Use this URL to cite or link to this record in EThOS: https://ethos.bl.uk/OrderDetails.do?uin=uk.bl.ethos.725096
Title: Design, synthesis and biological evaluation of inhibitors of polysialyltransferases PST and STX : design, synthesis and biological evaluation of a range of N-modified mannosamines, sialic acids and analogues from in silico screening as inhibitors of PolySia-NCAM biosynthesis with anti-migration activity
Author: Springett, Bradley Ross
Awarding Body: University of Bradford
Current Institution: University of Bradford
Date of Award: 2013
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Abstract:
Polysialylated NCAM (polySia-NCAM) is re-expressed in a number of tumours, including small cell lung carcinoma and neuroblastoma and is strongly associated with aggressive, invasive and metastatic tumours in the clinic. SiRNA knockdown of the polysialyltransferases (polySTs), the enzymes responsible for polysialylation of neural cell adhesion molecule (NCAM), has been shown to abolish cell migration. PolySia-NCAM is thus a highly attractive novel therapeutic target. A library of potential polyST inhibitors has been synthesised, using substrate-based design and computational chemistry. Compounds synthesised include N-acylmannosamine analogues, thio-linked CMP-sialic acid analogues, N-acyl modified sialic acids and compounds incorporating elements of both approaches. Novel methodology development in the synthesis of many of the compounds is described, notably a novel route to N-acyl sialosides. In addition, compounds identified from in silico screening were considered. Routes to synthesis and isolation of analogues of biologically active compounds are described. Using an enzyme assay, compounds were evaluated for their ability to reduce polySia synthesis through polyST inhibition. Effects of agents on polySia expression in cells, and the ability of compounds to reduce cell migration in vitro was studied using a wound healing ‘scratch assay’. The data from these experiments revealed a number of potent modulators of polySia assembly and their efficacy in reducing cell migration, as well as the limits of the biosynthetic pathway to accept unnatural sialic acid precursors. This is the first example of polyST inhibition modulating tumour cell migration, and points to the potential of the polysialyltransferases as a therapeutic target in metastatic tumours.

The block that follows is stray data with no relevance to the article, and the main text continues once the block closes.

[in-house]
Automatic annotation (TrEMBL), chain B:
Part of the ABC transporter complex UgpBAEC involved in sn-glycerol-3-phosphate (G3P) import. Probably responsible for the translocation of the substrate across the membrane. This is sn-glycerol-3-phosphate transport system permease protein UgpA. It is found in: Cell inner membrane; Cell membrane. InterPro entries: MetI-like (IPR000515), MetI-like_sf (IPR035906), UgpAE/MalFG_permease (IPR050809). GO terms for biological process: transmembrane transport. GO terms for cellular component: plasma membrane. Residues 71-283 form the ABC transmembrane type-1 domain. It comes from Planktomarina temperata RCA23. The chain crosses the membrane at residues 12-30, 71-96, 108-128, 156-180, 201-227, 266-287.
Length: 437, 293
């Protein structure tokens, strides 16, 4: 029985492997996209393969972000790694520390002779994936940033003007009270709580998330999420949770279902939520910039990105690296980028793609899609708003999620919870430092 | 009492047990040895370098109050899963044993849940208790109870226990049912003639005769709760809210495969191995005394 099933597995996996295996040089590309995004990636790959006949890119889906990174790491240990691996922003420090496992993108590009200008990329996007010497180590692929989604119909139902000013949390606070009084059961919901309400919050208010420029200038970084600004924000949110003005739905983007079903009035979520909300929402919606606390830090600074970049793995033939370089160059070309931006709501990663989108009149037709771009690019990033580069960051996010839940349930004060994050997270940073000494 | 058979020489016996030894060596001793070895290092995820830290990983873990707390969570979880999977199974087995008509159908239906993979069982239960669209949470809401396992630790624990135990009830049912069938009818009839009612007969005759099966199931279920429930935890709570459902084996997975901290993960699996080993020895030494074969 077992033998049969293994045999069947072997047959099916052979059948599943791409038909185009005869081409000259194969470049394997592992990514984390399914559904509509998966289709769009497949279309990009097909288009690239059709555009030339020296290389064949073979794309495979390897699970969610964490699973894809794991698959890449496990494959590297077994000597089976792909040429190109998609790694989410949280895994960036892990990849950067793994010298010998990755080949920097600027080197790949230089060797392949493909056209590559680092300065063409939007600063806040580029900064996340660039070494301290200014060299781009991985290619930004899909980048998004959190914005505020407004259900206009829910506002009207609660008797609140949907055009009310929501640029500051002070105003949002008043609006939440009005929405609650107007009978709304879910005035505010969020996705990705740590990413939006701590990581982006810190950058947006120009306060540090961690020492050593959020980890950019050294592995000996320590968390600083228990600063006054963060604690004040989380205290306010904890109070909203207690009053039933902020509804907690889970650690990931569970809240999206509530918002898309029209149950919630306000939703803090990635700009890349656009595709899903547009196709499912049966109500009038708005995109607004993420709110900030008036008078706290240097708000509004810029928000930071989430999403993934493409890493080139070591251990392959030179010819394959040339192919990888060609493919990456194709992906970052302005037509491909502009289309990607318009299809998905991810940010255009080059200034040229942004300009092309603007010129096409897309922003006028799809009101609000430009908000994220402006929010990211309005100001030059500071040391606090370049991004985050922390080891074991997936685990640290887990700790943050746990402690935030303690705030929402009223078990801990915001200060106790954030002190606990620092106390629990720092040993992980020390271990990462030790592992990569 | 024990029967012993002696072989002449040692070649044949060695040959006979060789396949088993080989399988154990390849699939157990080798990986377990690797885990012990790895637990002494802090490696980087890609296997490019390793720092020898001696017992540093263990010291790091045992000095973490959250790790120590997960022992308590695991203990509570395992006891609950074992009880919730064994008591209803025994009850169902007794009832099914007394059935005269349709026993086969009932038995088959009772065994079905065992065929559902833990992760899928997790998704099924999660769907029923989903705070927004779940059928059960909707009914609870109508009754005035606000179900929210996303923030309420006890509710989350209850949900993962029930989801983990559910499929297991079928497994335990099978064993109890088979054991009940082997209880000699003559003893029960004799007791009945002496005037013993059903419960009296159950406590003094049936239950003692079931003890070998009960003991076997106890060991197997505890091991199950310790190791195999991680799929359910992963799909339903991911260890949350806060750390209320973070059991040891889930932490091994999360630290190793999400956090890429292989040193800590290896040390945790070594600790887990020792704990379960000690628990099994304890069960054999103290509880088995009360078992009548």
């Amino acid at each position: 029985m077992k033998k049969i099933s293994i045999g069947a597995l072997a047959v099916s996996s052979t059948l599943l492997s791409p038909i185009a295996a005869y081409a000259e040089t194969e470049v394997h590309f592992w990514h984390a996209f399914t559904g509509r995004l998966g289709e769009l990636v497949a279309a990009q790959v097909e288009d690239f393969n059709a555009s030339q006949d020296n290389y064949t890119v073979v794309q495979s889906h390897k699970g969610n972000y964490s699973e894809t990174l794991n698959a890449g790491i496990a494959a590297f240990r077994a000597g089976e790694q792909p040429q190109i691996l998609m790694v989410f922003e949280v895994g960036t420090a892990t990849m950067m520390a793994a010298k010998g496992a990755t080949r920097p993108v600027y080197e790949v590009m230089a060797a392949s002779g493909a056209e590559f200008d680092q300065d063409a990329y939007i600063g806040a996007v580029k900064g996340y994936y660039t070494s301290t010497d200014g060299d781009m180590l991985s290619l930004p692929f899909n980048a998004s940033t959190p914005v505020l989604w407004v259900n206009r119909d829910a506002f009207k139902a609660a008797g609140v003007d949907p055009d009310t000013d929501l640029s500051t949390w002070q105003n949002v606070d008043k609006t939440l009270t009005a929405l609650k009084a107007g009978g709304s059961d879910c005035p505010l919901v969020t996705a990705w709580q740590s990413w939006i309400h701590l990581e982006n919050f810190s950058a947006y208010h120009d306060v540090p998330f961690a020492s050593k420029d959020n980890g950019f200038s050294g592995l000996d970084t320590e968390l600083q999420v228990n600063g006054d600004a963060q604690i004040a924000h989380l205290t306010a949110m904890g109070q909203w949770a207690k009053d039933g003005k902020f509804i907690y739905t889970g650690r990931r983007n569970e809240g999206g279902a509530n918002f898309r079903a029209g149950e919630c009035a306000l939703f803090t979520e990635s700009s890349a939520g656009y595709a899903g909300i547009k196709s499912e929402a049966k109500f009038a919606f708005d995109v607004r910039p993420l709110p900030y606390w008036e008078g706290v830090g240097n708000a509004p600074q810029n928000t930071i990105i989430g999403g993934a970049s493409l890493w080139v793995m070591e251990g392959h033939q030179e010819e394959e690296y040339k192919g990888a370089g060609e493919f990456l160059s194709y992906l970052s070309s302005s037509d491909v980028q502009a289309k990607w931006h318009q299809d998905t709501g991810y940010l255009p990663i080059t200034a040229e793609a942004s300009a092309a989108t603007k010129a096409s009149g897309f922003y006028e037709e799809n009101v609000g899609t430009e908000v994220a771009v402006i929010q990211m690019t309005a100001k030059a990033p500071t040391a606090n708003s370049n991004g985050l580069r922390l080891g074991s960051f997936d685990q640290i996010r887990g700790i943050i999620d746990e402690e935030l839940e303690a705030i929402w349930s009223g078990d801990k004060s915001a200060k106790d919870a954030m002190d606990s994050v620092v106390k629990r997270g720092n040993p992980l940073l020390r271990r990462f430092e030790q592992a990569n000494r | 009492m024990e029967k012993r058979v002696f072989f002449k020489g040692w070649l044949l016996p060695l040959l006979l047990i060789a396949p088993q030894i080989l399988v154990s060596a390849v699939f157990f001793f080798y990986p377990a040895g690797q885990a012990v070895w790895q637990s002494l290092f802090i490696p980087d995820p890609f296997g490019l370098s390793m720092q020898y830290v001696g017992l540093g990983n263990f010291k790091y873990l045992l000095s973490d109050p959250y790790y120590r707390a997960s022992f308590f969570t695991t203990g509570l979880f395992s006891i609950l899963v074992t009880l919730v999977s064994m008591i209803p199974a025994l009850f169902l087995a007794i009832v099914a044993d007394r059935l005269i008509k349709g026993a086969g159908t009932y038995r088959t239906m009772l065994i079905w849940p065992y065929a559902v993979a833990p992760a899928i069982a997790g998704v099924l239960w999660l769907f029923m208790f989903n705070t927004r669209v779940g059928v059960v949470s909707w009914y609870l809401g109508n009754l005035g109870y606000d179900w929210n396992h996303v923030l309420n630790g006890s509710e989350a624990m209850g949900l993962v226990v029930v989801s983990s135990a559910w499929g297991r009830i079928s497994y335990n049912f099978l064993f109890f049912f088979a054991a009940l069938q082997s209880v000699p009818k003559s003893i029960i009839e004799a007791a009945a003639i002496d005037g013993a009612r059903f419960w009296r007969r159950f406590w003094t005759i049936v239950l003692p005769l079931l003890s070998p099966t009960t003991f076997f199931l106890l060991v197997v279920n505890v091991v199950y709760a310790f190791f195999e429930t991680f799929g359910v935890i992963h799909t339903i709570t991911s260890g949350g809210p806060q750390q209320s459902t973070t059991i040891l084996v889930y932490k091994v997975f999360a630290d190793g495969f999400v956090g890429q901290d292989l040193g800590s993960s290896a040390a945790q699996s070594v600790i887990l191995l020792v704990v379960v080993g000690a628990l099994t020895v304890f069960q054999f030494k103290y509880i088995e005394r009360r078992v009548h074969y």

Supervisor: Not available Sponsor: EPSRC ; BACR
Qualification Name: Thesis (Ph.D.) Qualification Level: Doctoral
EThOS ID: uk.bl.ethos.725096  DOI: Not available
Keywords: Polysialic acid ; Neural cell adhesion molecule ; Polysialyltransferases ; Cancer ; N-acyl modified sialic acid
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